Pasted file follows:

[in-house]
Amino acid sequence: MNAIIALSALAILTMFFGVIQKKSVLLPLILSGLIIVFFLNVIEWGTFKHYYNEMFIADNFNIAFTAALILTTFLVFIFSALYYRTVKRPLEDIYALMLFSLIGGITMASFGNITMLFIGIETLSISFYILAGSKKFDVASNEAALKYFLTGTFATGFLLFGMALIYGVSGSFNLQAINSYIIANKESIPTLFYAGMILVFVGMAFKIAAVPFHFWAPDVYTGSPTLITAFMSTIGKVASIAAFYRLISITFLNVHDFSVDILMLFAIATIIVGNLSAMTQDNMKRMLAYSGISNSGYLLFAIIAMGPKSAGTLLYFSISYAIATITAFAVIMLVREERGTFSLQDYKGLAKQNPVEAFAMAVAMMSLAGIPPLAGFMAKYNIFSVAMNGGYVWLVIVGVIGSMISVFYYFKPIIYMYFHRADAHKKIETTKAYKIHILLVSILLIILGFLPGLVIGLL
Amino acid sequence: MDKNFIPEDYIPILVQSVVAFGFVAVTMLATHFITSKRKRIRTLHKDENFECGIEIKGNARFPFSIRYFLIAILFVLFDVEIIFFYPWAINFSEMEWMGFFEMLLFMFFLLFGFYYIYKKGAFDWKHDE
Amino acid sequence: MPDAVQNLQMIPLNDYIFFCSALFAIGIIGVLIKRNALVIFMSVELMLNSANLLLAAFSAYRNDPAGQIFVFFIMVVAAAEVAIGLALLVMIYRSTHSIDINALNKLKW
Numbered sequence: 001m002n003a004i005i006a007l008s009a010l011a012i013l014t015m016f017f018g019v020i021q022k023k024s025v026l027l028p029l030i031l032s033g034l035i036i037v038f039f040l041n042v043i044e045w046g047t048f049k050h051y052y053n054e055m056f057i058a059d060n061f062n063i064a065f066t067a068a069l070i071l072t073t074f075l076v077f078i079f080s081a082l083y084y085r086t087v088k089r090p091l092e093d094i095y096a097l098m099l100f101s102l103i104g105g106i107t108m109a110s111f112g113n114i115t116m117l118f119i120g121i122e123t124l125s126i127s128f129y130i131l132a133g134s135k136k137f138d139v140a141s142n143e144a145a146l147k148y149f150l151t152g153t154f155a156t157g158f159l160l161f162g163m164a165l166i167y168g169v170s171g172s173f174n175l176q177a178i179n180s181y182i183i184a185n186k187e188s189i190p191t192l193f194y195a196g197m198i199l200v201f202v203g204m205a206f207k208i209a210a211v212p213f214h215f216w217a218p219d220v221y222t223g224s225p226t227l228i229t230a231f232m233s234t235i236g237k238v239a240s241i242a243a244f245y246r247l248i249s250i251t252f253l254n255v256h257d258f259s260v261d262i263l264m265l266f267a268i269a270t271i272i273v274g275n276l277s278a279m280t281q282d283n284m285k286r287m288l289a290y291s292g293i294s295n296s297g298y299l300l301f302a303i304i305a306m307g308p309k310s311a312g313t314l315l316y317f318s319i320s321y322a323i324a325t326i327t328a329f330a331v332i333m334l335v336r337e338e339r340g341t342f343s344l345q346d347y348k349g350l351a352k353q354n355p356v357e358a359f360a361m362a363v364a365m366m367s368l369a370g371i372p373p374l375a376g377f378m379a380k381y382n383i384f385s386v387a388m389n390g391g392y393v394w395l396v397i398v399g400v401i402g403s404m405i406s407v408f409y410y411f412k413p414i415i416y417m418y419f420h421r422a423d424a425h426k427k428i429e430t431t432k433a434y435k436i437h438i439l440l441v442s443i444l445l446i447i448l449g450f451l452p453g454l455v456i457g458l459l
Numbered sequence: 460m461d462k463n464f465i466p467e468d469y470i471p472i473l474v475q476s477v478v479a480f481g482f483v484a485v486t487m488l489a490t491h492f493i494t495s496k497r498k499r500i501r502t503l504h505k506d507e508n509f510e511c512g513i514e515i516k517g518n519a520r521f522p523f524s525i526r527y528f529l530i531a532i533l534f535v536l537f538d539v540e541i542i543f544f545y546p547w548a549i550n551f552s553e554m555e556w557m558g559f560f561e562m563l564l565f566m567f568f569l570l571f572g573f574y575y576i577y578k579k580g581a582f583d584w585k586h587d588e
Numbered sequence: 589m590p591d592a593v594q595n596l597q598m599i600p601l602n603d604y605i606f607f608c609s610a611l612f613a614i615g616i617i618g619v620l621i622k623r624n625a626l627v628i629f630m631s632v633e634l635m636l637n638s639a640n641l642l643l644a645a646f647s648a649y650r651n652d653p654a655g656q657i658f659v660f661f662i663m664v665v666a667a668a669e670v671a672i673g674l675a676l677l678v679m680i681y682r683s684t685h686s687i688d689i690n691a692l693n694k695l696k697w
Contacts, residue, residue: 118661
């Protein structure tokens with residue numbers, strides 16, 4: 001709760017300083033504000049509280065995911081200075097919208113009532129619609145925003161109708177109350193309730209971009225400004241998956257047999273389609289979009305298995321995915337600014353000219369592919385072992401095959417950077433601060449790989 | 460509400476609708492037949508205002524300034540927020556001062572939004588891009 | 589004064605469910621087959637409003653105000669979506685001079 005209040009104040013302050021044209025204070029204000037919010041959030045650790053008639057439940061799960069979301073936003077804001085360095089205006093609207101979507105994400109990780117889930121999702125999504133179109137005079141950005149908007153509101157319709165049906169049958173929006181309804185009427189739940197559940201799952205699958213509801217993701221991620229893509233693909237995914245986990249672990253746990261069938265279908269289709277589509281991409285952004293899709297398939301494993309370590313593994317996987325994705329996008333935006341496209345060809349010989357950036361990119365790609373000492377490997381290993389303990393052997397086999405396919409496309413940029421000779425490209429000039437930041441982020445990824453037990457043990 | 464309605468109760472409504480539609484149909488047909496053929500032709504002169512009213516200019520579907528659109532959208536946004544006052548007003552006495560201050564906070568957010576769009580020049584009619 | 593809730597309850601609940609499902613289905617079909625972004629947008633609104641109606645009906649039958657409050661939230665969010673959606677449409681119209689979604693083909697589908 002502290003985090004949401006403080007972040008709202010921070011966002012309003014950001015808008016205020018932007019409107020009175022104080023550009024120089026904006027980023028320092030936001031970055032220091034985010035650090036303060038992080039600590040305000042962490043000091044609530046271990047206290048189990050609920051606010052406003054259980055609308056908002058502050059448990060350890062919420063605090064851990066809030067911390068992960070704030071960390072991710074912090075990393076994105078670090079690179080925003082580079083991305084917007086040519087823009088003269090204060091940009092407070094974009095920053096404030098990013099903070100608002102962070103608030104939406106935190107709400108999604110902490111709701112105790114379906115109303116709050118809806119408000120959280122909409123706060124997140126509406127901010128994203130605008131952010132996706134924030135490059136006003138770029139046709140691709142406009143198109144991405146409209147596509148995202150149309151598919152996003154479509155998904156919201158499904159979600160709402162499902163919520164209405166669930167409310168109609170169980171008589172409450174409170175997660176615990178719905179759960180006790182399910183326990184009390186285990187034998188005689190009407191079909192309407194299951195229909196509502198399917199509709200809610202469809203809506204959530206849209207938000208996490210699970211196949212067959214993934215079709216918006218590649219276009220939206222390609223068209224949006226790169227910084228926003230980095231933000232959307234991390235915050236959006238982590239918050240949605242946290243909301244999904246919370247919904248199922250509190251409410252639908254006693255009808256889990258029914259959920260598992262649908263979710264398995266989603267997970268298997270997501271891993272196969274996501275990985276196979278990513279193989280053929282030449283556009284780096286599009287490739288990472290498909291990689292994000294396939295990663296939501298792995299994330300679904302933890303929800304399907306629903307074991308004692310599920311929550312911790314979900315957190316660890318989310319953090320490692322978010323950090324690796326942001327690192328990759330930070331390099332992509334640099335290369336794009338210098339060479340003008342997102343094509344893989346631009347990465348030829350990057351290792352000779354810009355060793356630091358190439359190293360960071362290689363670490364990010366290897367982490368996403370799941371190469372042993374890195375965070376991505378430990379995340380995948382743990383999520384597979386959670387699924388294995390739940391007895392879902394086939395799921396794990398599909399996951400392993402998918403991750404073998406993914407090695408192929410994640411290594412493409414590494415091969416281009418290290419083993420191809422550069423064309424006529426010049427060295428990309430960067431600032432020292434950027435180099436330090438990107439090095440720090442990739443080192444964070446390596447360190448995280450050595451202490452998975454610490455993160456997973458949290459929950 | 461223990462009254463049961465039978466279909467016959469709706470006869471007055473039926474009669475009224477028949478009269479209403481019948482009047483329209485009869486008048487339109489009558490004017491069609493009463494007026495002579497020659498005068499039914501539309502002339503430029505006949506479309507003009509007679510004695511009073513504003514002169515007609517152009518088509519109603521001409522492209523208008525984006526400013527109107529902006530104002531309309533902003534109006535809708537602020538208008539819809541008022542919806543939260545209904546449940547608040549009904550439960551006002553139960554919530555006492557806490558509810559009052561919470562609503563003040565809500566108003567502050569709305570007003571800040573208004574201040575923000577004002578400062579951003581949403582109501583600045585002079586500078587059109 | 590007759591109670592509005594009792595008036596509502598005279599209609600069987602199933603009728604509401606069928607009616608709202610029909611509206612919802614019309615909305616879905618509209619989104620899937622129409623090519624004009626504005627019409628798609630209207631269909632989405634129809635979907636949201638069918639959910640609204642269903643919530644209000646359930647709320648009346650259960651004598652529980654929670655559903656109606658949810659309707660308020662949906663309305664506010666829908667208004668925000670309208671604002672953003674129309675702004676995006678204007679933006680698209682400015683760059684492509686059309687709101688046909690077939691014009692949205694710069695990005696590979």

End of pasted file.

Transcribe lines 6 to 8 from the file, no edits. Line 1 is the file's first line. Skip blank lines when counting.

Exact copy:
Numbered sequence: 460m461d462k463n464f465i466p467e468d469y470i471p472i473l474v475q476s477v478v479a480f481g482f483v484a485v486t487m488l489a490t491h492f493i494t495s496k497r498k499r500i501r502t503l504h505k506d507e508n509f510e511c512g513i514e515i516k517g518n519a520r521f522p523f524s525i526r527y528f529l530i531a532i533l534f535v536l537f538d539v540e541i542i543f544f545y546p547w548a549i550n551f552s553e554m555e556w557m558g559f560f561e562m563l564l565f566m567f568f569l570l571f572g573f574y575y576i577y578k579k580g581a582f583d584w585k586h587d588e
Numbered sequence: 589m590p591d592a593v594q595n596l597q598m599i600p601l602n603d604y605i606f607f608c609s610a611l612f613a614i615g616i617i618g619v620l621i622k623r624n625a626l627v628i629f630m631s632v633e634l635m636l637n638s639a640n641l642l643l644a645a646f647s648a649y650r651n652d653p654a655g656q657i658f659v660f661f662i663m664v665v666a667a668a669e670v671a672i673g674l675a676l677l678v679m680i681y682r683s684t685h686s687i688d689i690n691a692l693n694k695l696k697w
Contacts, residue, residue: 118661